Noel Rappin encourages all of us to use our development tools efficiently. If your editor or workflow aren’t working for you, get a new tool and learn to use it.
I’ve been working with another principle lately: minimize moving parts. I used to spend time setting up tools like autotest, guard, or spork. But it ended up that I spent too much time tweaking them or, even worse, figuring out exactly how they were working.
I’ve since adopted a much simpler workflow. Just a terminal, a text editor, and some scripts/functions/aliases/etc. for running the stuff I do all the time. I take note when I’m doing something repeatedly and figure out how I can automate it. Besides that, I don’t spend much time thinking about my tools. I spend time thinking about the problem in front of me. It makes a lot of sense, when you think about it.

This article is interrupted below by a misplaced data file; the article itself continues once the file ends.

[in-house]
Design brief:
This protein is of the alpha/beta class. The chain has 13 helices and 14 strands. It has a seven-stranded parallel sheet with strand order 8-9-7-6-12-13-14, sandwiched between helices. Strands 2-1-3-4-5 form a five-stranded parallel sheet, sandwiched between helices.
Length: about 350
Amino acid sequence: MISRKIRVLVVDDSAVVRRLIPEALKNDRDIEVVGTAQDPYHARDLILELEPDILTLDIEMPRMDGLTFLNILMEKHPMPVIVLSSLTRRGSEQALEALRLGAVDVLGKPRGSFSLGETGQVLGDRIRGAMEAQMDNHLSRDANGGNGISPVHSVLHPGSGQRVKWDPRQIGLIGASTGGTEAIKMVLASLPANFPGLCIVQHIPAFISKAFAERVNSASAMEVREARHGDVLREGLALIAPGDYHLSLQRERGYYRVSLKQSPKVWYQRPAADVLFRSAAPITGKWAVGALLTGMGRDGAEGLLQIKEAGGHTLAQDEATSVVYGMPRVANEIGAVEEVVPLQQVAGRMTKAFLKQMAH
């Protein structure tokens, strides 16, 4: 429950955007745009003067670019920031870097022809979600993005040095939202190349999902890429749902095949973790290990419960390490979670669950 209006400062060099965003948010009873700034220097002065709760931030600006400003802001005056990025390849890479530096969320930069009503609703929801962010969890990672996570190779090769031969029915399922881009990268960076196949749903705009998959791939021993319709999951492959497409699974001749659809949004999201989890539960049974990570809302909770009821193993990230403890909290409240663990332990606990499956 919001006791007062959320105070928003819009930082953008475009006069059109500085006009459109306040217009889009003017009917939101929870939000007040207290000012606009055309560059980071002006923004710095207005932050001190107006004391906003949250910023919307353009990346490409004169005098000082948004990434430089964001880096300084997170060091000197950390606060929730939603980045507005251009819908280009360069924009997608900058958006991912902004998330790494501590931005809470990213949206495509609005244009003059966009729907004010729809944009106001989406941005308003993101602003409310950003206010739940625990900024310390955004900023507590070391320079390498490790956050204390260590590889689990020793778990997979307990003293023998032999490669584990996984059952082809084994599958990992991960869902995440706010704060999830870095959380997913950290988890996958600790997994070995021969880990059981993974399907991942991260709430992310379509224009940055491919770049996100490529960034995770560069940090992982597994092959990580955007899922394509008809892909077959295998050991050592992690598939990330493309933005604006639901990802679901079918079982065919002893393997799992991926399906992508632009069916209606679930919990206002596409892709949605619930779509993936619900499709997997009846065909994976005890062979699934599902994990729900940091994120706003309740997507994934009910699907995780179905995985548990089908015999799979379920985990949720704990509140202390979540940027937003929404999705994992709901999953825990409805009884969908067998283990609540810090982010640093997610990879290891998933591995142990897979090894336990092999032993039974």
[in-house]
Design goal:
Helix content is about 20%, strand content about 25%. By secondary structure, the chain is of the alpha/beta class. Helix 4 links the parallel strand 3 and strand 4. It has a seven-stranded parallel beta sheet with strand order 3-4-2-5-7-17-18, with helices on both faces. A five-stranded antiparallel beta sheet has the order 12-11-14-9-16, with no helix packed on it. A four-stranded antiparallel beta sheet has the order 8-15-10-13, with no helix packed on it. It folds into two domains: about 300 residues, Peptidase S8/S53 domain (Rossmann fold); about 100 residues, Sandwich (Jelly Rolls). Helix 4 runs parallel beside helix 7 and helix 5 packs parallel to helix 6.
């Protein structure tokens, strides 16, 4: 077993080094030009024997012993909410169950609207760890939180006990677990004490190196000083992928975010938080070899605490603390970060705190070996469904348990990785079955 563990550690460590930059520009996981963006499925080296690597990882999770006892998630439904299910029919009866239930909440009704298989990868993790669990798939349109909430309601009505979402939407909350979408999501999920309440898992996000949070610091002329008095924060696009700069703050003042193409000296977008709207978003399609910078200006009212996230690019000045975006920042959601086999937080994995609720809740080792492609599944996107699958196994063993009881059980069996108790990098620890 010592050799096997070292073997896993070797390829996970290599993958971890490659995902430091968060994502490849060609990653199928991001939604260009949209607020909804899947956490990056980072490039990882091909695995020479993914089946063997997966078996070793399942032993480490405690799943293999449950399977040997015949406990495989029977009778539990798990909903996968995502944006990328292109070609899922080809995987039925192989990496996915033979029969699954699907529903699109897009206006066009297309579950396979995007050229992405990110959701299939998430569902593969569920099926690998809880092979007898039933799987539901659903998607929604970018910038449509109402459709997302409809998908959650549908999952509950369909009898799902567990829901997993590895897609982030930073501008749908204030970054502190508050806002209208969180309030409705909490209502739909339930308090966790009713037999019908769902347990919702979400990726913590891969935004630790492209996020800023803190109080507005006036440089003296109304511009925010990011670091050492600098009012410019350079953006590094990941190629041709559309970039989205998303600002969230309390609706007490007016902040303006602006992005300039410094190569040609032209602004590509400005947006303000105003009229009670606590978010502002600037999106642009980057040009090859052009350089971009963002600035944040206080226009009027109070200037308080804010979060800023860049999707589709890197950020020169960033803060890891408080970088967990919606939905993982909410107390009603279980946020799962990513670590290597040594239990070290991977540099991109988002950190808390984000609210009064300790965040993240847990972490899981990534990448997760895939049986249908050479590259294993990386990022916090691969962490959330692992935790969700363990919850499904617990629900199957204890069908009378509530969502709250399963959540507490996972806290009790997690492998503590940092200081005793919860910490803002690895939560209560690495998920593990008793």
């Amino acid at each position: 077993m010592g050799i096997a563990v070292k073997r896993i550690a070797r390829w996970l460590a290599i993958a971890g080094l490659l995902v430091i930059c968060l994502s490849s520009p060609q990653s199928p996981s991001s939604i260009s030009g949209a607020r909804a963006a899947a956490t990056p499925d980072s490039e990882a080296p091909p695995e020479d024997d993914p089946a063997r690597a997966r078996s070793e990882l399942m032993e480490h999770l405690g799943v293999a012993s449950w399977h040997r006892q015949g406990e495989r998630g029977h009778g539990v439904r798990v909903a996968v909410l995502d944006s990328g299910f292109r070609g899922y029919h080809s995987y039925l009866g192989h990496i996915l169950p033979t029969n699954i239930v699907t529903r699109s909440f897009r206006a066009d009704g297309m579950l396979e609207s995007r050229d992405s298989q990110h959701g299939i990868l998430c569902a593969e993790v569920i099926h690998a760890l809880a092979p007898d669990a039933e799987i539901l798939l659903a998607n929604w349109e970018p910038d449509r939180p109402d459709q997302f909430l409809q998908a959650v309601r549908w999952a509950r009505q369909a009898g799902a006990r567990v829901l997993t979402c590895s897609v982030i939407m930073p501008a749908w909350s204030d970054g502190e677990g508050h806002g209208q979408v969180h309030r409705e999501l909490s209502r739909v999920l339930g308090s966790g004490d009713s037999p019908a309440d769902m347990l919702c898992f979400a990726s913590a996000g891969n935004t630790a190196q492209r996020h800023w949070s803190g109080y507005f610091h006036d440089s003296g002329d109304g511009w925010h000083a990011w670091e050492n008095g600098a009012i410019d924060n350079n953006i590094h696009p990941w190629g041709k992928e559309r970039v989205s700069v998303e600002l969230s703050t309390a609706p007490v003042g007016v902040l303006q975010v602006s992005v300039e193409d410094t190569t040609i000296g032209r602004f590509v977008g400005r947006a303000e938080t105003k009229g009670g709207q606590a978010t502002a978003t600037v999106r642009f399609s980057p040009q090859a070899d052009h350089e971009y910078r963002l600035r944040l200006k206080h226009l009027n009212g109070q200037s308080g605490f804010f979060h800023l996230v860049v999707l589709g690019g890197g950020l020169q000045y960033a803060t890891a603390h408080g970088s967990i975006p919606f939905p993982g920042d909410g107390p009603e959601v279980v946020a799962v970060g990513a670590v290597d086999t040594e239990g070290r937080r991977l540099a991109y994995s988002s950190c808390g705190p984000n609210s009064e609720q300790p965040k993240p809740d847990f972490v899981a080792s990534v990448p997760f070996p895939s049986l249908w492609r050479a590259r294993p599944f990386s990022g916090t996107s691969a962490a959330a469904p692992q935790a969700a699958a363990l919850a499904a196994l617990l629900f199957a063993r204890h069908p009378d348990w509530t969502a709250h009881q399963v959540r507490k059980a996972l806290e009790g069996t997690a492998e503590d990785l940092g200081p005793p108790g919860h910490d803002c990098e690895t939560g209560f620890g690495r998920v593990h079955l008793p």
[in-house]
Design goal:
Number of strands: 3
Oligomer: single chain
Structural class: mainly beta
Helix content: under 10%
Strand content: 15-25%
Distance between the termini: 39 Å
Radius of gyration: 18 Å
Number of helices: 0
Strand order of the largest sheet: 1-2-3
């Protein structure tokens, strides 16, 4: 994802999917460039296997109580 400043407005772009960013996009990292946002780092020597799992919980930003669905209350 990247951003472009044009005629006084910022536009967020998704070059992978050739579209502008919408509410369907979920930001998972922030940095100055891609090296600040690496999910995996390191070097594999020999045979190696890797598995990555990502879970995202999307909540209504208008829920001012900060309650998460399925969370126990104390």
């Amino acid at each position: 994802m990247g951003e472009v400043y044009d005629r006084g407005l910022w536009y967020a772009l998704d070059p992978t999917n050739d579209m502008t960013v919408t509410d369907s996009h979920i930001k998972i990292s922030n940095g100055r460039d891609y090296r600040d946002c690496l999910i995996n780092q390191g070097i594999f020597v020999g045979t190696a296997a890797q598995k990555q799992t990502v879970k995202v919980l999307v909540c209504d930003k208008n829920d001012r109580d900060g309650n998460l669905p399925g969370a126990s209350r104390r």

I say you should “own” your tools and minimize moving parts because you should understand how they all work together and how they might change the behavior of your code. If you don’t own your tools in this way, you’ll end up wasting time debugging someone else’s code, i.e. a misbehaving tool. That’s just a waste of time; when you come across a tool that offends in this way, put aside a time block to fix it, or discard it outright.